He wants to involve both teachers and “high-level talent"--university historians, scientists and the like--in the effort of making their subjects exciting to young students. When the State Board of Education voted unanimously last week to reject more than 20 textbooks because they “water down” treatment of evolution and other controversial issues, Honig said, the decision was actually “the culmination of a year-and-a-half effort.” He intends to see the level of all textbooks, not just science texts, raised.
He said he still hears the criticism that his “traditional education” policy is racist “from some of the political types in the Legislature who are five or 10 years out of date. I don’t hear it as much in the field anymore. Minority leaders don’t say it; they say that their kids will be left out if they don’t have an ambitious, enriched program. The jobs of the future will favor the better-educated.”
Honig is quite serious when he calls his book “Last Chance for Our Children.” “I could have called it ‘Last Chance for Our Country,’ ” he said. “We’ll spend a billion on a destroyer, but our society’s quality of life down the road is being worked on in the classroom now.”
For the moment, he believes the push for a voucher system (which would give parents a voucher worth what their school system is spending per pupil, which they could then use to send their child to any accredited school) is “quiescent, but ready to spring.” If it were to be implemented, he believes “we will lose public education in the sense that it has been a central institution.”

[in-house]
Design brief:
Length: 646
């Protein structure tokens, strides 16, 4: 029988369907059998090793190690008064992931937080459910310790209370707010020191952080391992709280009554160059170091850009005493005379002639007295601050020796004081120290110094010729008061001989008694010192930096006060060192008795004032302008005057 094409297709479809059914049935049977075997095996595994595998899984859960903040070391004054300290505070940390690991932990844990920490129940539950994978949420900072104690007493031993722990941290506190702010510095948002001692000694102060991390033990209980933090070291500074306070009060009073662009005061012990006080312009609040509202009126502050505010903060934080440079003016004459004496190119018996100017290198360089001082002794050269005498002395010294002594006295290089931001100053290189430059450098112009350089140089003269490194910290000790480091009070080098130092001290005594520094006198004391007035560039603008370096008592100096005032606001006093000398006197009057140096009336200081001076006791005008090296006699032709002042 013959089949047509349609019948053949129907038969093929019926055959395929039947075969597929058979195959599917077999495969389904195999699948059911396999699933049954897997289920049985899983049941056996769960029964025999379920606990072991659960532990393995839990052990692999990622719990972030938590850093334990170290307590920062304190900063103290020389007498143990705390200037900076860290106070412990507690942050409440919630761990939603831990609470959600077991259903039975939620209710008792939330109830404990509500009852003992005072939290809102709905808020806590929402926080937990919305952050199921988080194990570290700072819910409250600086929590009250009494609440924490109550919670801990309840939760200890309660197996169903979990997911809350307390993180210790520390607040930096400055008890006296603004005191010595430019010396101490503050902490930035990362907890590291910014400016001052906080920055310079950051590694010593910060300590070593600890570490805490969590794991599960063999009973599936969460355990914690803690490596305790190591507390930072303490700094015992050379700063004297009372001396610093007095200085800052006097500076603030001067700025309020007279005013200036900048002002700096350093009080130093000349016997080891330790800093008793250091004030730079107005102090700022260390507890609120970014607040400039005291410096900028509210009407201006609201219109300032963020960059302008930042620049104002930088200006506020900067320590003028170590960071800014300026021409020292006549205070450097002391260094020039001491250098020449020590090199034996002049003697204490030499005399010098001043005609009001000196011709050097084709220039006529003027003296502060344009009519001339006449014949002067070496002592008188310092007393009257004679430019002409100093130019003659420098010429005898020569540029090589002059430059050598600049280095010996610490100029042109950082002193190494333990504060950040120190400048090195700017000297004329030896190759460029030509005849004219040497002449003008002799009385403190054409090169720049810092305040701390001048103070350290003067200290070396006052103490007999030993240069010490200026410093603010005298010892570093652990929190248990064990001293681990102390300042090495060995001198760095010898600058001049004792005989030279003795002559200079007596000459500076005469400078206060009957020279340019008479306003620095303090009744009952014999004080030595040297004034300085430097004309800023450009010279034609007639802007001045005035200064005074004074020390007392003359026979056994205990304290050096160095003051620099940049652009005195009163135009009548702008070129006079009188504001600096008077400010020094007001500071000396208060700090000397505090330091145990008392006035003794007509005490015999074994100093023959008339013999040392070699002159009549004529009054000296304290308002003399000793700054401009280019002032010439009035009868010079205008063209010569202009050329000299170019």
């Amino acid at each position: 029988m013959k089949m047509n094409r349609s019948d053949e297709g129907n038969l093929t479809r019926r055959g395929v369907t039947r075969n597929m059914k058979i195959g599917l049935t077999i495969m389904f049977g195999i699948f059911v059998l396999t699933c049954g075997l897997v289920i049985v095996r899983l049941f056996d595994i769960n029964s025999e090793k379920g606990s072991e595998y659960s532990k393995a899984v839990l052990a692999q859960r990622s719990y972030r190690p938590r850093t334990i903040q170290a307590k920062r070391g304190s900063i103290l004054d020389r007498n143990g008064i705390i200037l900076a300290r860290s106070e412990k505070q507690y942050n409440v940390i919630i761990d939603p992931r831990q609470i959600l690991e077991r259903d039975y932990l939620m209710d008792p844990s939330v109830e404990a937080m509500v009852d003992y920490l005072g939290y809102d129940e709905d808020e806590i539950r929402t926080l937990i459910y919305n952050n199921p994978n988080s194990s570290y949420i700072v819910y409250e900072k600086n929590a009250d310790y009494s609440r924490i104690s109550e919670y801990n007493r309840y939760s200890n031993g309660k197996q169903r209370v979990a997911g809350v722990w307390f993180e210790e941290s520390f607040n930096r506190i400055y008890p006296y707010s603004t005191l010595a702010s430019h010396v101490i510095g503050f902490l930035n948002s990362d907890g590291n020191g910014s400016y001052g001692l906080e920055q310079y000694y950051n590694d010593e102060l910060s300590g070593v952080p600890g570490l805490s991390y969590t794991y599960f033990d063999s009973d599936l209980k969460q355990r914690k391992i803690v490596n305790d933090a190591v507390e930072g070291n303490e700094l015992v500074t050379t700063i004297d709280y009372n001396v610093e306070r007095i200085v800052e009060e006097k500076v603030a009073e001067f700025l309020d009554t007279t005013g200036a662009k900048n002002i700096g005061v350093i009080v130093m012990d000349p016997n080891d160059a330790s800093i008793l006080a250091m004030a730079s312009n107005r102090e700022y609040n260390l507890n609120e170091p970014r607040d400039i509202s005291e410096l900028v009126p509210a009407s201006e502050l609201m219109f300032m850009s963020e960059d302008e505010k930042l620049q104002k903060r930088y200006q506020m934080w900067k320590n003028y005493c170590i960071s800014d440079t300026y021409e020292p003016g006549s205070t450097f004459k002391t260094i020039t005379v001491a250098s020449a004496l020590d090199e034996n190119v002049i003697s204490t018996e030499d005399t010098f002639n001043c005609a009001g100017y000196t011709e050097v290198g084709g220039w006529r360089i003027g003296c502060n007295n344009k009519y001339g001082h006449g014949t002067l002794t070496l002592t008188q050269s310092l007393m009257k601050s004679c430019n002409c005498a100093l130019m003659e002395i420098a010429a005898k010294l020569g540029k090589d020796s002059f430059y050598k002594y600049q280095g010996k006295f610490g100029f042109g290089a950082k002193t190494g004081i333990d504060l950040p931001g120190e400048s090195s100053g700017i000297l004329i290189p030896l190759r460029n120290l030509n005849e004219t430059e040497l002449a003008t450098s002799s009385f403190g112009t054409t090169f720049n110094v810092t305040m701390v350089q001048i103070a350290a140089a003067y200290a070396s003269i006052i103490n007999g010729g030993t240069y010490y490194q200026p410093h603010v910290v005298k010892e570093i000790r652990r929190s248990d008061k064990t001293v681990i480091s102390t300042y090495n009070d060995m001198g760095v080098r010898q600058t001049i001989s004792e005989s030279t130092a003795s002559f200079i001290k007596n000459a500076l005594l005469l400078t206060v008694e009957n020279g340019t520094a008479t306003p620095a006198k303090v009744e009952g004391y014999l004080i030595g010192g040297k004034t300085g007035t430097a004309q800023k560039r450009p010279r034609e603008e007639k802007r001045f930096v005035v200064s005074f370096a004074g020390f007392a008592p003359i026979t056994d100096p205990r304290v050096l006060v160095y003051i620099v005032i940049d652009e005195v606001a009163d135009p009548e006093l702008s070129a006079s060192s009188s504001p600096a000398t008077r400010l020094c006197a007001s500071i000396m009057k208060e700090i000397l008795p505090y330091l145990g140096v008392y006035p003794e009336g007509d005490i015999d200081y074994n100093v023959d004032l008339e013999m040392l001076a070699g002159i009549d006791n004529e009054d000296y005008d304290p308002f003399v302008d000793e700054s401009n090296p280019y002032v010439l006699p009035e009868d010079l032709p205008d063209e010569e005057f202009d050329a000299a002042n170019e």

But public schools are an important unifying force in our society, central to the maintenance of democracy, he said. Moreover, he asked, what happens to the children if their new school fails--which inevitably some of them will.
“My argument,” he summed up, “is that if you can, fix it. If that doesn’t work, then you try something different.”
He himself “always liked school,” but originally intended to be a lawyer, not an educator. He graduated from the University of California at Berkeley’s Boalt Hall School of Law in 1963, clerked for California Supreme Court Chief Justice Matthew Tobriner, then worked in the state Department of Finance, where he said he was for the first time “a little involved in education on a political level.”
Joined Law Firm
Next he joined a San Francisco law firm, but acknowledged that “corporate conflict didn’t get me going.” He also was active in a Constitutional Rights Foundation project talking to junior high and high school students about legal issues. “Something clicked for me,” he recalled, and he decided to switch careers. In 1971 he joined the Teacher Corps, got a master’s degree in education at San Francisco State University in 1972 and from 1972 to 1976 taught in an inner-city district. Later he was appointed to the state Board of Education and was superintendent of a Marin County school district.